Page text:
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Wireless Site Surveys - Our Guide & Six Step Roadmap


Emily Keeling

Marketing Manager

Have you ever wondered how to improve your wifi coverage and performance in your business? You might think that having great wifi coverage in your office is enough but there are many factors that can affect its performance.

A wireless site survey will help identify any issues with connectivity before they become problems for employees or customers.

This way you can fix these issues before they cause any downtime on your network which could lead to lost revenue opportunities as well as unhappy staff members and customers!

By the end of this guide, you will have all the information necessary to make an informed decision about why a wireless site survey can help save you money and improve performance


What is a wireless site survey?

A Wireless Site Survey (Wireless Survey) analyses an existing wireless network to determine how well it meets specific business goals.

A Wireless site survey examines multiple factors, including cost, access, performance and security, to identify potential connectivity problems. Depending on the objective of the WLAN project, some parameters may be more important than others.

Why is a wifi site survey important?

A successful wireless site survey provides businesses with essential information for creating a comprehensive IT plan. Every company has different needs, and a wireless site survey is the only way to determine which equipment is needed and where accurately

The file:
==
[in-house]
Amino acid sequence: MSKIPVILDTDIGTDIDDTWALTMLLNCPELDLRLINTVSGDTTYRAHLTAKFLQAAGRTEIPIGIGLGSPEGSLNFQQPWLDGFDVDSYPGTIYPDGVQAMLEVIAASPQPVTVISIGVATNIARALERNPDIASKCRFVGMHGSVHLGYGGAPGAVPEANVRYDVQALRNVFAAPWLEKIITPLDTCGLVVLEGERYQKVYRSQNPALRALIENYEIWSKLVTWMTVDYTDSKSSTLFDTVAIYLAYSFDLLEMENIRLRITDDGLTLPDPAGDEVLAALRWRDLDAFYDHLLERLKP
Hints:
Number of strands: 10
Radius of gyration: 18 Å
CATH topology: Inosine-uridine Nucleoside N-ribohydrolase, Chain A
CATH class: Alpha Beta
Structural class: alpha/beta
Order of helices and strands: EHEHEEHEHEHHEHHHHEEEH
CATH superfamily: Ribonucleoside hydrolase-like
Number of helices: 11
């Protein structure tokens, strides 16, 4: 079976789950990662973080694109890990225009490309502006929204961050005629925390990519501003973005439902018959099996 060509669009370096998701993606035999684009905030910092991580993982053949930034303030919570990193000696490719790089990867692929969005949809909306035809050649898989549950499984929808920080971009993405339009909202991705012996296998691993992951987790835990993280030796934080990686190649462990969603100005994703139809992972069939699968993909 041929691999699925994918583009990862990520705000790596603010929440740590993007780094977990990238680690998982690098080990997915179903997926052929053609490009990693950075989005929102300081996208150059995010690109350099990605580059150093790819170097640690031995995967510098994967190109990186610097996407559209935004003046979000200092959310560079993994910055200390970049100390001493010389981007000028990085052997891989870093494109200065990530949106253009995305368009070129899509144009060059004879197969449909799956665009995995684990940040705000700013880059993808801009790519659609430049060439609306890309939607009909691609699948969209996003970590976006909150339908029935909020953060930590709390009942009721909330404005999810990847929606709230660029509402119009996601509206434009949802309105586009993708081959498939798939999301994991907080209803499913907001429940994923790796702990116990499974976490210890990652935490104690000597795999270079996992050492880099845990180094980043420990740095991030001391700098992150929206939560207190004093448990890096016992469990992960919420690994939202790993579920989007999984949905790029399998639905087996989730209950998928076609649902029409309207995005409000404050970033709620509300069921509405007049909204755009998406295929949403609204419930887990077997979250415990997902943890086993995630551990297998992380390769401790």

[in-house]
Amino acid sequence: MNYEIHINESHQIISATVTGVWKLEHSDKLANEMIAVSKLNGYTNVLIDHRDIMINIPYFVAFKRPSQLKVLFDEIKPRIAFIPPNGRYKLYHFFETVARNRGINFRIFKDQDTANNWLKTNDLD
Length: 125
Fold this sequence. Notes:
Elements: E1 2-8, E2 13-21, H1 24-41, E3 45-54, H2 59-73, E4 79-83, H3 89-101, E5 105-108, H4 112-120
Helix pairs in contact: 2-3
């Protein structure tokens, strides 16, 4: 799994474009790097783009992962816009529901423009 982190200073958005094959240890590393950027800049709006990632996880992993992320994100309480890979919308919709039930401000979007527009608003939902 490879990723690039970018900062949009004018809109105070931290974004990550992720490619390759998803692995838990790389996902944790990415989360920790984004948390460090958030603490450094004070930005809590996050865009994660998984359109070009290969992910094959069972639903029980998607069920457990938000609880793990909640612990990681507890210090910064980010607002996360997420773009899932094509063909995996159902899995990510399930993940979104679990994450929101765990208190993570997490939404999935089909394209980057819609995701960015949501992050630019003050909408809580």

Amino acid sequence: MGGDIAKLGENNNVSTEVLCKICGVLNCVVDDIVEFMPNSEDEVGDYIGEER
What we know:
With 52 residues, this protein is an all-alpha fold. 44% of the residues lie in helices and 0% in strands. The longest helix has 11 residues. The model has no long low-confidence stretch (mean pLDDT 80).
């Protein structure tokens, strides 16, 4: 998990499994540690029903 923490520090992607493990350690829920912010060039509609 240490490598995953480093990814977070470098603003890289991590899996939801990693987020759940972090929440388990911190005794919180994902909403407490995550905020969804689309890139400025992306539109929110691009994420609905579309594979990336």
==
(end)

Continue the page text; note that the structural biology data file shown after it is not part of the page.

Some of the questions that a site survey can answer include:

  • What equipment is required?
  • Is additional equipment necessary, such as an access point or antenna?
  • Where should the equipment be placed to ensure the most optimal performance?
  • What is the expected coverage area?
  • What areas of the business have strong and weak coverage?
  • Do we need multiple access points and, if so, how many will be required?
Proposed signal strength site survey heatmap example


What are the three types of wireless site surveys?

The three types of site surveys typically performed while installing a wireless network are:


Coverage Survey

A coverage survey is required when a company needs to ensure their WLAN provides excellent signal strength and quality for as many users as possible, covering the largest possible area.

Because this type of assessment prioritises the number of users supported over data throughput, it is most often used to determine where additional wireless access points are required.

Building obstructions such as elevators, steel beams and concrete walls can create dead spots in your coverage area. These can be fixed by adding access points or using a wireless network extender.


Capacity Survey

A capacity survey determines how many users can connect to a single access point and expect decent throughput and data rates.

If clients cannot connect to your WLAN at an acceptable data rate, they will quickly give up trying, which could potentially impact productivity if the problem goes unresolved.

It is essential not to overload the wireless access points in your common areas with too many clients, as that can significantly decrease data rates.